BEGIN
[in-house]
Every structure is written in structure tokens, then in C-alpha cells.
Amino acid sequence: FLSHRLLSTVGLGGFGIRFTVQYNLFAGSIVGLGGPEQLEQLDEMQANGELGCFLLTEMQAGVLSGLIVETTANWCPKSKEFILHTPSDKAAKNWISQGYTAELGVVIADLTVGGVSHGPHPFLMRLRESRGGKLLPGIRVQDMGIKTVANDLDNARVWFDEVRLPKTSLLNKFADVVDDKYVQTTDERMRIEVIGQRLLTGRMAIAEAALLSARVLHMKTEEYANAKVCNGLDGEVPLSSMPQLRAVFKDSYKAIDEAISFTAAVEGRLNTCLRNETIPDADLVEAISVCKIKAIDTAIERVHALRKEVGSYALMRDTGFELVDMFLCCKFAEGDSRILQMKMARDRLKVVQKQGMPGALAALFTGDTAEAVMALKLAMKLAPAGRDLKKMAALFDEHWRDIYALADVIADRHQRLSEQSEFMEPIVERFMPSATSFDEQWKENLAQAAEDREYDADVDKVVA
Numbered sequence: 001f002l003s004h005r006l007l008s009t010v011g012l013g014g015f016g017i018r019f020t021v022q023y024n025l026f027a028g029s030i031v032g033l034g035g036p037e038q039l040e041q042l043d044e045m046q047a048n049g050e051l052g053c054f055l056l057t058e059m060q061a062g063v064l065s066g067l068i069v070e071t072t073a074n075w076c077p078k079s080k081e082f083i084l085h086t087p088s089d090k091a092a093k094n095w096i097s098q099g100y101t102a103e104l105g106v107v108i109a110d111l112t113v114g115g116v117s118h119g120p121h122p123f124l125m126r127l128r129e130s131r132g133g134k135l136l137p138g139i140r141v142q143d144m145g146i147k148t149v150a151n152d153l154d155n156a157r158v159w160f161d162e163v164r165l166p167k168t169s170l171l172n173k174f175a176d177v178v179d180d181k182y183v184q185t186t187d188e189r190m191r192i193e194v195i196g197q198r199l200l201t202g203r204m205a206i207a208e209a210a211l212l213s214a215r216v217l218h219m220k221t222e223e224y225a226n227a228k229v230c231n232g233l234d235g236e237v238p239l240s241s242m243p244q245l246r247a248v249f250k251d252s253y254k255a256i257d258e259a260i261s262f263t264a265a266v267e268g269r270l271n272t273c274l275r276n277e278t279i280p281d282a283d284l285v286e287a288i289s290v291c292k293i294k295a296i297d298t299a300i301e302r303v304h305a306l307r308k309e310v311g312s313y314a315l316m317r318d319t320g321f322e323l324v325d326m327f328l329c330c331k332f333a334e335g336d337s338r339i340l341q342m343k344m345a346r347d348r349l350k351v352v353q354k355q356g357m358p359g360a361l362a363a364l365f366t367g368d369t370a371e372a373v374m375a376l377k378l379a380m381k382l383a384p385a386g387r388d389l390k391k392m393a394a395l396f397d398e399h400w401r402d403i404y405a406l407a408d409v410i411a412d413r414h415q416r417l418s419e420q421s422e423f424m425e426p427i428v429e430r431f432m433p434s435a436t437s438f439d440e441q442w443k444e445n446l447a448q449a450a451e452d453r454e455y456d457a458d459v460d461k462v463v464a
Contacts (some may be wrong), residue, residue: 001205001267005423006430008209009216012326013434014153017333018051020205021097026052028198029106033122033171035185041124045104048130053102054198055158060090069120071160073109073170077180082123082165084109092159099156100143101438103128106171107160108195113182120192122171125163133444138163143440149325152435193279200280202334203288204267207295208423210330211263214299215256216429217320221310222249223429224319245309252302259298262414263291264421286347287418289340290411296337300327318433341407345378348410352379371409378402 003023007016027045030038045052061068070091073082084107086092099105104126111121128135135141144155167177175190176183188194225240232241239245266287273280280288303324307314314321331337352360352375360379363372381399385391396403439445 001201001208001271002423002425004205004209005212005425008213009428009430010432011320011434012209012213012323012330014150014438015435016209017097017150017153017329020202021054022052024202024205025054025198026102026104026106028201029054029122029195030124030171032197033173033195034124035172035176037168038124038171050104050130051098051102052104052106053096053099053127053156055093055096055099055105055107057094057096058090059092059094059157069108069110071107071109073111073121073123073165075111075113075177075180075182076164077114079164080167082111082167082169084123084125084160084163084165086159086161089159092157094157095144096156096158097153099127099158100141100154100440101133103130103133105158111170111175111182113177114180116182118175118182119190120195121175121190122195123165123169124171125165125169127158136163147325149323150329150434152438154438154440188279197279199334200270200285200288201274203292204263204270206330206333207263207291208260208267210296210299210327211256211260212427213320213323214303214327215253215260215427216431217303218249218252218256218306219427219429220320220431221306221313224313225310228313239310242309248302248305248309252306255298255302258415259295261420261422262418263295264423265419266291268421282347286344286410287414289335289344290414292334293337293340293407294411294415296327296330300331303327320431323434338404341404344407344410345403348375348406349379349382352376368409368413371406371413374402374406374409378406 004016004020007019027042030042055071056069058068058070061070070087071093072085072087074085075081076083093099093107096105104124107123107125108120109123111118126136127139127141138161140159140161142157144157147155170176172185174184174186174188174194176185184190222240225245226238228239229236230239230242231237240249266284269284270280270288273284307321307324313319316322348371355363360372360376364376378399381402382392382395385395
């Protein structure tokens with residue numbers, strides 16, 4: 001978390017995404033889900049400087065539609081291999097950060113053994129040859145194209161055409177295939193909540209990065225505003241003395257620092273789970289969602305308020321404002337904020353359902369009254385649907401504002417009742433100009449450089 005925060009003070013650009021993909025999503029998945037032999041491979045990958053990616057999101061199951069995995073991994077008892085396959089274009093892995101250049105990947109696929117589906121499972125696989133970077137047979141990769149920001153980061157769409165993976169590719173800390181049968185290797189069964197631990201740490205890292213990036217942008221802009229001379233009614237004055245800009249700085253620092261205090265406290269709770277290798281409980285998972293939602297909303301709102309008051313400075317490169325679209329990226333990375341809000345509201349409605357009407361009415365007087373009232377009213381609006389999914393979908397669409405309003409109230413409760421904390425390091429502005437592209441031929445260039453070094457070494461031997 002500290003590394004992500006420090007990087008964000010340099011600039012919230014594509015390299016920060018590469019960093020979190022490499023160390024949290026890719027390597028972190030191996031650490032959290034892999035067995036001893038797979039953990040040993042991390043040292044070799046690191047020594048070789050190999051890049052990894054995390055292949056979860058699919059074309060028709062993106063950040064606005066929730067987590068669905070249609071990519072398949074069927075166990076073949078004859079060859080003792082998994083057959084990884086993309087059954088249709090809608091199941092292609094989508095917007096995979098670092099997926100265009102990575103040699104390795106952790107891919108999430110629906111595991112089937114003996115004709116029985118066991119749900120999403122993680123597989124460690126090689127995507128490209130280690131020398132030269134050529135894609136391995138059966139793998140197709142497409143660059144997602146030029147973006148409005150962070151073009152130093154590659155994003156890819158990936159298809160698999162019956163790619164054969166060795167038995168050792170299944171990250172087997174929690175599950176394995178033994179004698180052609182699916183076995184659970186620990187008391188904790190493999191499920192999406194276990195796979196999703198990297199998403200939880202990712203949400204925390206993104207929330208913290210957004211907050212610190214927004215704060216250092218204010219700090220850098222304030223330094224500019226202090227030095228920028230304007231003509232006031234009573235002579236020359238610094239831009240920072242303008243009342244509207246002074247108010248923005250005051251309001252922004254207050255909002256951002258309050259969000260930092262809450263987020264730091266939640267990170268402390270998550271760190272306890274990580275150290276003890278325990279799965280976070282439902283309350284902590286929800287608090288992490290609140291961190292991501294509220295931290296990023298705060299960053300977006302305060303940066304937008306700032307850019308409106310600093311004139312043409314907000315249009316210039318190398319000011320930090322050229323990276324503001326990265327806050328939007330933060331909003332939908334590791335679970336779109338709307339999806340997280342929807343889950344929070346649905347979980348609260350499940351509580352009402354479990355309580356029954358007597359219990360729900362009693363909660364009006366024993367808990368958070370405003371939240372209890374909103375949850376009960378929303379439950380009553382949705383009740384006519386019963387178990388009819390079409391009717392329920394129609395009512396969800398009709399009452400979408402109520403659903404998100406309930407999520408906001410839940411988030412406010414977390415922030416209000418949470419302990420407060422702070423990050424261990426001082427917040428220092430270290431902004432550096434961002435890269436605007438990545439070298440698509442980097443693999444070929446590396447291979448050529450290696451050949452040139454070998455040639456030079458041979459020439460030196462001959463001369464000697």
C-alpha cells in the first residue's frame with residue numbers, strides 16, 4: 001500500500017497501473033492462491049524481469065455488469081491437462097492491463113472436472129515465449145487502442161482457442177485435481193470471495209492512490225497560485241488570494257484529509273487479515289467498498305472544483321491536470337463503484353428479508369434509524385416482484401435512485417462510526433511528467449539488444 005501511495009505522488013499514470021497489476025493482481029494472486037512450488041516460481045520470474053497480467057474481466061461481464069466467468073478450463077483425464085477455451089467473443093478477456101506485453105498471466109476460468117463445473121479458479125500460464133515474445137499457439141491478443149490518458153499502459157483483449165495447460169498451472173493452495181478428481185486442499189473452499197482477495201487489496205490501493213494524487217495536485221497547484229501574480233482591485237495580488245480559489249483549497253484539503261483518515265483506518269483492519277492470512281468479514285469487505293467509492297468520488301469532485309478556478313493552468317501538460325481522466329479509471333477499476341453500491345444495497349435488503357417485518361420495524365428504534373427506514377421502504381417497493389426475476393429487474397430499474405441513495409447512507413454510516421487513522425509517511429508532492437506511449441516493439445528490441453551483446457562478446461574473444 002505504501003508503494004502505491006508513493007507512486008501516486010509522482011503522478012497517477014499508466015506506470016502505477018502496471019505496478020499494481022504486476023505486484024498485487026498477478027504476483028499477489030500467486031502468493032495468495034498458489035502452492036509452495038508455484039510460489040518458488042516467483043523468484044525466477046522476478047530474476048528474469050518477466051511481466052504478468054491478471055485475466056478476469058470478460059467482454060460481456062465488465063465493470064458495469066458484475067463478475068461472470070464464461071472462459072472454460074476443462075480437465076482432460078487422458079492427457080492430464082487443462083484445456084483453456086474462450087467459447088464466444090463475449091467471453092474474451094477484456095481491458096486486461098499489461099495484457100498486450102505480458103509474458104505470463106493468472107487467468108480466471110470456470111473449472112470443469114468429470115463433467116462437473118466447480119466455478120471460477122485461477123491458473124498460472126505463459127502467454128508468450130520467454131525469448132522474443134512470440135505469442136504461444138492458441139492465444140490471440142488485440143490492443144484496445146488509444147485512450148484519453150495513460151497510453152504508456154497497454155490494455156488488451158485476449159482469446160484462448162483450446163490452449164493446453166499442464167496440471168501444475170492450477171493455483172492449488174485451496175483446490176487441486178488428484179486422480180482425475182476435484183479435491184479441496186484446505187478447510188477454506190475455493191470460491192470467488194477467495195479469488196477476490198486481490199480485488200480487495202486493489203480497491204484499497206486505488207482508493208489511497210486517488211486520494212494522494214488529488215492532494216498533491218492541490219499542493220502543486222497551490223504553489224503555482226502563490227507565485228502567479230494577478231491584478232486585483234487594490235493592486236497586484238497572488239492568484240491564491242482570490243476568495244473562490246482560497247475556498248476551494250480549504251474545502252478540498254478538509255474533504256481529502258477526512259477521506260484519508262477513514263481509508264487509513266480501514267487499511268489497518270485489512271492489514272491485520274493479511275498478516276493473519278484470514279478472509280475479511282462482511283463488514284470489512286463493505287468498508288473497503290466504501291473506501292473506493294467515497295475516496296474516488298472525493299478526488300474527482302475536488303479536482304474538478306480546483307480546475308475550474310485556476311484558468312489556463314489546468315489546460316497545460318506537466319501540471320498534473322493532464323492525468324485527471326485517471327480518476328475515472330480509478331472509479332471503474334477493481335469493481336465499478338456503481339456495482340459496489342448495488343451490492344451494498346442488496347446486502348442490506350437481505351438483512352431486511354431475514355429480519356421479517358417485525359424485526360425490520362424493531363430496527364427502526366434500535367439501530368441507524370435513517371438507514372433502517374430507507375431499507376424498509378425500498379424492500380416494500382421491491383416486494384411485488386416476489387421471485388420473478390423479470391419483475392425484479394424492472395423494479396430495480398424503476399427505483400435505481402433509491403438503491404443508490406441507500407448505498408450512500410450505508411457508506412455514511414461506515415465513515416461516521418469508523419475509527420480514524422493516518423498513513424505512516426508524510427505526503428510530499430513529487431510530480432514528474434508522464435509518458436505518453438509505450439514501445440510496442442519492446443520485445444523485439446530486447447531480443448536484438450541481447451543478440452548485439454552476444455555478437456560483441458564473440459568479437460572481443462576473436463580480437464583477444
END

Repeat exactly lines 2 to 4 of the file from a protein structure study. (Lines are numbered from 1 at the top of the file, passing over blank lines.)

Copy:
Every structure is written in structure tokens, then in C-alpha cells.
Amino acid sequence: FLSHRLLSTVGLGGFGIRFTVQYNLFAGSIVGLGGPEQLEQLDEMQANGELGCFLLTEMQAGVLSGLIVETTANWCPKSKEFILHTPSDKAAKNWISQGYTAELGVVIADLTVGGVSHGPHPFLMRLRESRGGKLLPGIRVQDMGIKTVANDLDNARVWFDEVRLPKTSLLNKFADVVDDKYVQTTDERMRIEVIGQRLLTGRMAIAEAALLSARVLHMKTEEYANAKVCNGLDGEVPLSSMPQLRAVFKDSYKAIDEAISFTAAVEGRLNTCLRNETIPDADLVEAISVCKIKAIDTAIERVHALRKEVGSYALMRDTGFELVDMFLCCKFAEGDSRILQMKMARDRLKVVQKQGMPGALAALFTGDTAEAVMALKLAMKLAPAGRDLKKMAALFDEHWRDIYALADVIADRHQRLSEQSEFMEPIVERFMPSATSFDEQWKENLAQAAEDREYDADVDKVVA
Numbered sequence: 001f002l003s004h005r006l007l008s009t010v011g012l013g014g015f016g017i018r019f020t021v022q023y024n025l026f027a028g029s030i031v032g033l034g035g036p037e038q039l040e041q042l043d044e045m046q047a048n049g050e051l052g053c054f055l056l057t058e059m060q061a062g063v064l065s066g067l068i069v070e071t072t073a074n075w076c077p078k079s080k081e082f083i084l085h086t087p088s089d090k091a092a093k094n095w096i097s098q099g100y101t102a103e104l105g106v107v108i109a110d111l112t113v114g115g116v117s118h119g120p121h122p123f124l125m126r127l128r129e130s131r132g133g134k135l136l137p138g139i140r141v142q143d144m145g146i147k148t149v150a151n152d153l154d155n156a157r158v159w160f161d162e163v164r165l166p167k168t169s170l171l172n173k174f175a176d177v178v179d180d181k182y183v184q185t186t187d188e189r190m191r192i193e194v195i196g197q198r199l200l201t202g203r204m205a206i207a208e209a210a211l212l213s214a215r216v217l218h219m220k221t222e223e224y225a226n227a228k229v230c231n232g233l234d235g236e237v238p239l240s241s242m243p244q245l246r247a248v249f250k251d252s253y254k255a256i257d258e259a260i261s262f263t264a265a266v267e268g269r270l271n272t273c274l275r276n277e278t279i280p281d282a283d284l285v286e287a288i289s290v291c292k293i294k295a296i297d298t299a300i301e302r303v304h305a306l307r308k309e310v311g312s313y314a315l316m317r318d319t320g321f322e323l324v325d326m327f328l329c330c331k332f333a334e335g336d337s338r339i340l341q342m343k344m345a346r347d348r349l350k351v352v353q354k355q356g357m358p359g360a361l362a363a364l365f366t367g368d369t370a371e372a373v374m375a376l377k378l379a380m381k382l383a384p385a386g387r388d389l390k391k392m393a394a395l396f397d398e399h400w401r402d403i404y405a406l407a408d409v410i411a412d413r414h415q416r417l418s419e420q421s422e423f424m425e426p427i428v429e430r431f432m433p434s435a436t437s438f439d440e441q442w443k444e445n446l447a448q449a450a451e452d453r454e455y456d457a458d459v460d461k462v463v464a